(See [] for an address list of Twelve Tribes' communities.)

(See [] for a more complete picture of the development of the Twelve Tribes in recent years.)"

Beliefs and practices

According to a statement from their websiteref|noapology, the group seeks to live according to the primitive pattern of the early church described in Acts 2:38-42 and Acts 4:32-37. Claiming to follow the teachings of Jesus (whom they call by his Hebrew name Yahshua), they believe that all disciples must renounce all personal possessions and independent lives in order to truly call him their Master and Lord. They claim that living in community is the result of obeying the commands of Jesus Christ, who said to "seek first His Kingdom" not "food and clothing as the heathen do". Group members live communally, sharing all assets and income in common.

Some communities are located in a rural setting, such as the Common Sense Farm in Cambridge, NY; or Gladheart Farm in Asheville, NC. Other communities live in populated cities in residential neighborhoods, such as Ithaca, NY; and Boston, MA. They aspire, "to live moral lives in the midst of a very immoral society."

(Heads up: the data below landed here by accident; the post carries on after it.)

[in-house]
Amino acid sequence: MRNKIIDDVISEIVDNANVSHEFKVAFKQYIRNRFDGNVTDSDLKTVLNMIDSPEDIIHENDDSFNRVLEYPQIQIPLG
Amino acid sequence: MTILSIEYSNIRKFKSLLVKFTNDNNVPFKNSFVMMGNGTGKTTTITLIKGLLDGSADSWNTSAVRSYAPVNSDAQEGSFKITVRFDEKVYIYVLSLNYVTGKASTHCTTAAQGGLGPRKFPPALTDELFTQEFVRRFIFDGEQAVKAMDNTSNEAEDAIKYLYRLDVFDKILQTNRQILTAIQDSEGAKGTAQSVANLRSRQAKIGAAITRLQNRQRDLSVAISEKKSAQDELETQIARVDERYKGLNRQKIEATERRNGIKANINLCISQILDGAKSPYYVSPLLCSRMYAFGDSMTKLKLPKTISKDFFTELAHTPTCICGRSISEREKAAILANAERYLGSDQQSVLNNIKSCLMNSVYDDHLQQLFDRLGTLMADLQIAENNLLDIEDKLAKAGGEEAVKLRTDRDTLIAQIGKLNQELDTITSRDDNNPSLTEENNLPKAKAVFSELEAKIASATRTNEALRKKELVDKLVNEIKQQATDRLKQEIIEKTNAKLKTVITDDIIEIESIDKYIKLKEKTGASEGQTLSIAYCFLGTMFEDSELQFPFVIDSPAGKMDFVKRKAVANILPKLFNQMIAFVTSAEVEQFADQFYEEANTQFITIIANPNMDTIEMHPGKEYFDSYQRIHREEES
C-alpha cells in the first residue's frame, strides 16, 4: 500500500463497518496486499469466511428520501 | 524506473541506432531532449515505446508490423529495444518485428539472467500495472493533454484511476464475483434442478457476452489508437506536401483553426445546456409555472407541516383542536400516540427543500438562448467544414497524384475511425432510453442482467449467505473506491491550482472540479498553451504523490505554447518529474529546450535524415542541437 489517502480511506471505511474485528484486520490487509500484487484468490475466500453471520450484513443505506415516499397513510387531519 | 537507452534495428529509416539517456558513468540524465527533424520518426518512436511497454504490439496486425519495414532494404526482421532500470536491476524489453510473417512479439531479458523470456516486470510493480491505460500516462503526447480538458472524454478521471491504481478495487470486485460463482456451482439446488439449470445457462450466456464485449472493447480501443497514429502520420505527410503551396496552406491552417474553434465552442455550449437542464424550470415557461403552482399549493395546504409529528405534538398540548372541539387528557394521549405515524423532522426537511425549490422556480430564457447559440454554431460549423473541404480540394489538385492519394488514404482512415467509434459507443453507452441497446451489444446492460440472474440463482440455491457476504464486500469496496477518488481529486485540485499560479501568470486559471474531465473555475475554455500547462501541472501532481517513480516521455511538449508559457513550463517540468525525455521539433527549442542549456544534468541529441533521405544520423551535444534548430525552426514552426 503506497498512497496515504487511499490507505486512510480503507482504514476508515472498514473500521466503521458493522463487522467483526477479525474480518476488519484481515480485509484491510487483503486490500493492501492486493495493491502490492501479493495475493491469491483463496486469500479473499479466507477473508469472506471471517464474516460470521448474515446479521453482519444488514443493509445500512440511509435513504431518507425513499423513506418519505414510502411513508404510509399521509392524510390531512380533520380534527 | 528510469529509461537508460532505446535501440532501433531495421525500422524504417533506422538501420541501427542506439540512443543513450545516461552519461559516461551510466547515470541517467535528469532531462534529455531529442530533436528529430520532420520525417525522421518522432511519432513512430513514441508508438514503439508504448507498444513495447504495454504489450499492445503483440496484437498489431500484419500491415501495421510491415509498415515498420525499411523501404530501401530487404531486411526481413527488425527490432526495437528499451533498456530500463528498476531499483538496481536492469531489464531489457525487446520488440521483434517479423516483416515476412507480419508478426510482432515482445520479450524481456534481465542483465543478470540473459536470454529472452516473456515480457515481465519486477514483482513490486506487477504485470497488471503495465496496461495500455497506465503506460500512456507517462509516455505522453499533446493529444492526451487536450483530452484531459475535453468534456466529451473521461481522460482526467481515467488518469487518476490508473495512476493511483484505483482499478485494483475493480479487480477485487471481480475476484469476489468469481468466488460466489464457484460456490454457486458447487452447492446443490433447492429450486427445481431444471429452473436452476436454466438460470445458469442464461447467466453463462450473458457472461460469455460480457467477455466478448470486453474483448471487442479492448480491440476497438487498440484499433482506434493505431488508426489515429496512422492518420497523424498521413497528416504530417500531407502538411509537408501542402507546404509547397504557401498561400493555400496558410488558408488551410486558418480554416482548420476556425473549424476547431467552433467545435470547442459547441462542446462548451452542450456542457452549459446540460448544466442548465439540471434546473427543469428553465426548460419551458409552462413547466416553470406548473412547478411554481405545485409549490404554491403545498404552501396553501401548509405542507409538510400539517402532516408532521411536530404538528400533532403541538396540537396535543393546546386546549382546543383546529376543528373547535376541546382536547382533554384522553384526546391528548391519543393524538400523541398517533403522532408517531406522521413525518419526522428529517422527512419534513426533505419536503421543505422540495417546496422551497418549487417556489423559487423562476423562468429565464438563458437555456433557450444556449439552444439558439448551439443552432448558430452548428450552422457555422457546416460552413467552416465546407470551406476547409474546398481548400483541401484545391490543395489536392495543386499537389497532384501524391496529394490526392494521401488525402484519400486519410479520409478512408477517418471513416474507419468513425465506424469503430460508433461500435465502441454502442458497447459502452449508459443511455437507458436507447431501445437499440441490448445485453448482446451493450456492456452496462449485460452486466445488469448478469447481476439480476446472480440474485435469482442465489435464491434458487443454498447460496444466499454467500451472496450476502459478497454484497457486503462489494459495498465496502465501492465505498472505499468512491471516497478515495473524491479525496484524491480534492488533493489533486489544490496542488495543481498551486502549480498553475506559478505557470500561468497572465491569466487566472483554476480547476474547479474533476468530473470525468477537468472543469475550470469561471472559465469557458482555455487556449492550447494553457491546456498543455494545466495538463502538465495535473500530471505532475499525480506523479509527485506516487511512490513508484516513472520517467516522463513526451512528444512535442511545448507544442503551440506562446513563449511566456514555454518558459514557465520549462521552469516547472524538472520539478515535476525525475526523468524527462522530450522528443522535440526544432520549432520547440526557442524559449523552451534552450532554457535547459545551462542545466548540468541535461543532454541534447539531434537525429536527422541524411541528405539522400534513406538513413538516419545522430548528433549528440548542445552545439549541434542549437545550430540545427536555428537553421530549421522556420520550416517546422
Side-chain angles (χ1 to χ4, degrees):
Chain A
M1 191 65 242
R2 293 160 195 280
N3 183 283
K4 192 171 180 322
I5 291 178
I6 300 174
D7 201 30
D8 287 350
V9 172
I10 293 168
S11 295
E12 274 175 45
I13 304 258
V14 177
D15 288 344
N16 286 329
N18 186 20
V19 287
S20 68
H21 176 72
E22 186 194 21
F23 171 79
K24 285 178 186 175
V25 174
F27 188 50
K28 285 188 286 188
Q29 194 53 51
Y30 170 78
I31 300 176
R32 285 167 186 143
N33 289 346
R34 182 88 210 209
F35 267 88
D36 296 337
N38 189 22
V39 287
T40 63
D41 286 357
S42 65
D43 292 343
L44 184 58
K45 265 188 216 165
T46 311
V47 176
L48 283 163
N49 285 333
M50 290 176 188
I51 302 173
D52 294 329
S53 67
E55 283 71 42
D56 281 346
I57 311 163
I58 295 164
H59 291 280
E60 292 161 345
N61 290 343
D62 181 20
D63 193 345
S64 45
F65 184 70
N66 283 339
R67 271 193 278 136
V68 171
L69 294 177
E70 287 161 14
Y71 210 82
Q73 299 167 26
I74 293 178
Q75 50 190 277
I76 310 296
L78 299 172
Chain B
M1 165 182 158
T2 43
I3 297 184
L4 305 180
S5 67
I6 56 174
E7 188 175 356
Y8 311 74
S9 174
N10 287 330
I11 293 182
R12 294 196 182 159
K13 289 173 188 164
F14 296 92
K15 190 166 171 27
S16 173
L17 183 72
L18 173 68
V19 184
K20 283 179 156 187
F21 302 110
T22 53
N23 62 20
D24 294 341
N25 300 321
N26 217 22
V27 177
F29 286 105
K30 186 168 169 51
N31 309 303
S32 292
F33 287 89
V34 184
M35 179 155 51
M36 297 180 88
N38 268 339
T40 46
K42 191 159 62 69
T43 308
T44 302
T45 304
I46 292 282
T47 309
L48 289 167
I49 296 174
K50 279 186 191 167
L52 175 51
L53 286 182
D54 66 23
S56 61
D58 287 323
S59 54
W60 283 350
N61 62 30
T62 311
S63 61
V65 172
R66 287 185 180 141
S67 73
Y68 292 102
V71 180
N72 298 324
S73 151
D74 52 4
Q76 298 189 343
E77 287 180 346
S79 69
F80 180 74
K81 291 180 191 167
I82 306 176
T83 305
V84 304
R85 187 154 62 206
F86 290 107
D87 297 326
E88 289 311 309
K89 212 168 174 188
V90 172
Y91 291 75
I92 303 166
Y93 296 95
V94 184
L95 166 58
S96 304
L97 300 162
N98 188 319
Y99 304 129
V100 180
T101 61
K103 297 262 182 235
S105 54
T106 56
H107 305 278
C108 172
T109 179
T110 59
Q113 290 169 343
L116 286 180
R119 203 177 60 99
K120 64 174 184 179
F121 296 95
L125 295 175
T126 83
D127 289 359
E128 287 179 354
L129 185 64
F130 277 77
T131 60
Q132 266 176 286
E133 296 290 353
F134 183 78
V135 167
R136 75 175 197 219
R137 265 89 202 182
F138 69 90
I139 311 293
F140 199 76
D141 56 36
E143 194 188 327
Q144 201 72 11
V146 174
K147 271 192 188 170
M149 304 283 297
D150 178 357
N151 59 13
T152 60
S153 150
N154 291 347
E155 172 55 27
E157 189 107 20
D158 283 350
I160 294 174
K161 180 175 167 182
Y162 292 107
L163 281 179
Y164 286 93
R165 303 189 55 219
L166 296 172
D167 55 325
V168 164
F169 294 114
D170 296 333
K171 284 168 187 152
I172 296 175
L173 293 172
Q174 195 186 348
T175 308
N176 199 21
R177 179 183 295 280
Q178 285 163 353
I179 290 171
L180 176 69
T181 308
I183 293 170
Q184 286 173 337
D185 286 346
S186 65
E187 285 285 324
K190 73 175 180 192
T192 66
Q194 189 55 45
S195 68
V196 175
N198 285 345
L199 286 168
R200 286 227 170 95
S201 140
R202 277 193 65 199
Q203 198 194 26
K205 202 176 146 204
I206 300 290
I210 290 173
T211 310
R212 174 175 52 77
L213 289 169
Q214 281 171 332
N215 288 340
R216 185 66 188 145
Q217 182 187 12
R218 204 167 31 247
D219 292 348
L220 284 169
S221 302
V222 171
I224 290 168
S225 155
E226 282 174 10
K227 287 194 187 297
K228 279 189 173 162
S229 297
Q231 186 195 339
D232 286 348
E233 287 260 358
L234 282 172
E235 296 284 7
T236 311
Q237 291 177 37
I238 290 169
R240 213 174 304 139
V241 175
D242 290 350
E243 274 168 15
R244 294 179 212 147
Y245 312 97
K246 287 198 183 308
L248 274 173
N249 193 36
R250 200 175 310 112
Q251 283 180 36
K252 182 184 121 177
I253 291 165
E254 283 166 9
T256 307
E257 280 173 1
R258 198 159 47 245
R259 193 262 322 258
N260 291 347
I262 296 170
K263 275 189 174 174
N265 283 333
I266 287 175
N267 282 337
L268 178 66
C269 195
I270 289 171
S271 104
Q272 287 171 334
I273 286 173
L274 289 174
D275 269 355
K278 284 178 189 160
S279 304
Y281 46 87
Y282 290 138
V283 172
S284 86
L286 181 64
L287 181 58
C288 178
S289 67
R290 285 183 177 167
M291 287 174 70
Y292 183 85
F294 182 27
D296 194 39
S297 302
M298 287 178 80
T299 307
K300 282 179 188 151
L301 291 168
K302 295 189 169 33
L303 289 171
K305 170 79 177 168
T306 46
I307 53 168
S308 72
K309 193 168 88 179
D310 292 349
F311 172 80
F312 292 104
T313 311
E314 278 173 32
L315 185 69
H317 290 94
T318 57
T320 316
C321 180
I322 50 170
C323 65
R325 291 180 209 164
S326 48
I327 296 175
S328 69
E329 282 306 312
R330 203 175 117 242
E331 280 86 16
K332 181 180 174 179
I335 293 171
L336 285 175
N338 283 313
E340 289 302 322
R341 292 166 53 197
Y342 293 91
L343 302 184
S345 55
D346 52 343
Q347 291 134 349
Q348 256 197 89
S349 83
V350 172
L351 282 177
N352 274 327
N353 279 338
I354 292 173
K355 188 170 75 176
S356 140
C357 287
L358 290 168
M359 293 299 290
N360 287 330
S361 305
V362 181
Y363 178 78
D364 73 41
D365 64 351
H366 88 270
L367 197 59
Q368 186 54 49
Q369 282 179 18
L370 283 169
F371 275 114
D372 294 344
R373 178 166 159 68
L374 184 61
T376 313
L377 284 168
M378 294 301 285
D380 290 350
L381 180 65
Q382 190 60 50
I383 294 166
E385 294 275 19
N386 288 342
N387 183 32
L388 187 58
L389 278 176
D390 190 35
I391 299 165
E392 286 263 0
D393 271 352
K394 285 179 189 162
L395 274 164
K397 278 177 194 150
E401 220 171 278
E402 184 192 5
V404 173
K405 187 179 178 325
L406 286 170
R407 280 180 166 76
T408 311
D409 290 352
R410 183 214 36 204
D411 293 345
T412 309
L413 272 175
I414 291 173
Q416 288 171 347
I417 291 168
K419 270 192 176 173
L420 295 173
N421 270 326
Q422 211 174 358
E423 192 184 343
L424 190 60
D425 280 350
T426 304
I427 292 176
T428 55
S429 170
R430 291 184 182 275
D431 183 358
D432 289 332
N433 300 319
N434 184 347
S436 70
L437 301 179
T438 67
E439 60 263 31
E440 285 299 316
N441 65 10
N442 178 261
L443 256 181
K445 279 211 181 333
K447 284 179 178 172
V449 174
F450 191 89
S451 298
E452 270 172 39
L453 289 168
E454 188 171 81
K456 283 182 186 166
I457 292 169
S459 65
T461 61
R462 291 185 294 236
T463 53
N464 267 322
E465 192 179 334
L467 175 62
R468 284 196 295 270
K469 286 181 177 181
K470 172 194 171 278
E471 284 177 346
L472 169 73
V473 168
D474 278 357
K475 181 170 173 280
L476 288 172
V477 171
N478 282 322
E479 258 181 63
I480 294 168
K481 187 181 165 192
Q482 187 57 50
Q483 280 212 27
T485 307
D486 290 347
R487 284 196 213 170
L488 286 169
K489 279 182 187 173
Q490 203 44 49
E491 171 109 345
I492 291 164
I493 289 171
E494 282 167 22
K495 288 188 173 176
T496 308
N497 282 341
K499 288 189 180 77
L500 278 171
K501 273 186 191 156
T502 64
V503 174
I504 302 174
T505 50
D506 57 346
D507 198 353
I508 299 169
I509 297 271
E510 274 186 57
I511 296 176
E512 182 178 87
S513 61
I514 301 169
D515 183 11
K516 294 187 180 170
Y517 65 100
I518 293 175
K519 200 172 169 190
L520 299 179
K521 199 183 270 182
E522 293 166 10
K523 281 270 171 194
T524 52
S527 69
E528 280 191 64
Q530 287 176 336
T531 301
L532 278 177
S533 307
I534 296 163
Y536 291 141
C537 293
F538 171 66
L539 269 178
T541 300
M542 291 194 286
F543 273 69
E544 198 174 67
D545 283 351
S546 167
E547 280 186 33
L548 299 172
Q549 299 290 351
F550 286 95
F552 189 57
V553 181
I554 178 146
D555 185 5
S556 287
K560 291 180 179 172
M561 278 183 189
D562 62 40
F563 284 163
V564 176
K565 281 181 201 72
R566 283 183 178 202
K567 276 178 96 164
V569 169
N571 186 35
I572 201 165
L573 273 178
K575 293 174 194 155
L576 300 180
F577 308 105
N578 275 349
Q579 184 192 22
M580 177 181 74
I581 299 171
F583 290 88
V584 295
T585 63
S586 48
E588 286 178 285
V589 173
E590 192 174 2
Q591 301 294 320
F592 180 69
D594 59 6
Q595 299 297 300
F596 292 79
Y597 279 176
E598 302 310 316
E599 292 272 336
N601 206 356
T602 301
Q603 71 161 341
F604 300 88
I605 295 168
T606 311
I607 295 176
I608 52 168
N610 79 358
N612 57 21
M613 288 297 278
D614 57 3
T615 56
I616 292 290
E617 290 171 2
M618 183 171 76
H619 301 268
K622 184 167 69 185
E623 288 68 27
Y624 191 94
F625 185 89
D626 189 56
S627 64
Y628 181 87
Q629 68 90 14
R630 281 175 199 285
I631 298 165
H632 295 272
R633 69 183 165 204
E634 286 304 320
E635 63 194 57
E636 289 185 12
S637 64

Members often live in large multi-bedroom houses, where several families and single people share expenses, income, meals, and chores. Married couples have a bedroom for themselves, and several rooms for their children, depending on the family. Single brothers may share a room, as do single sisters. Dining and living areas are shared. Members function as an extended family, where people function according to their gifting. Those gifted in industry work together on community-run businesses, those gifted in teaching work together to homeschool the children, those gifted in sewing sew clothing for members, and those gifted in cooking create delicious healthy meals for the group.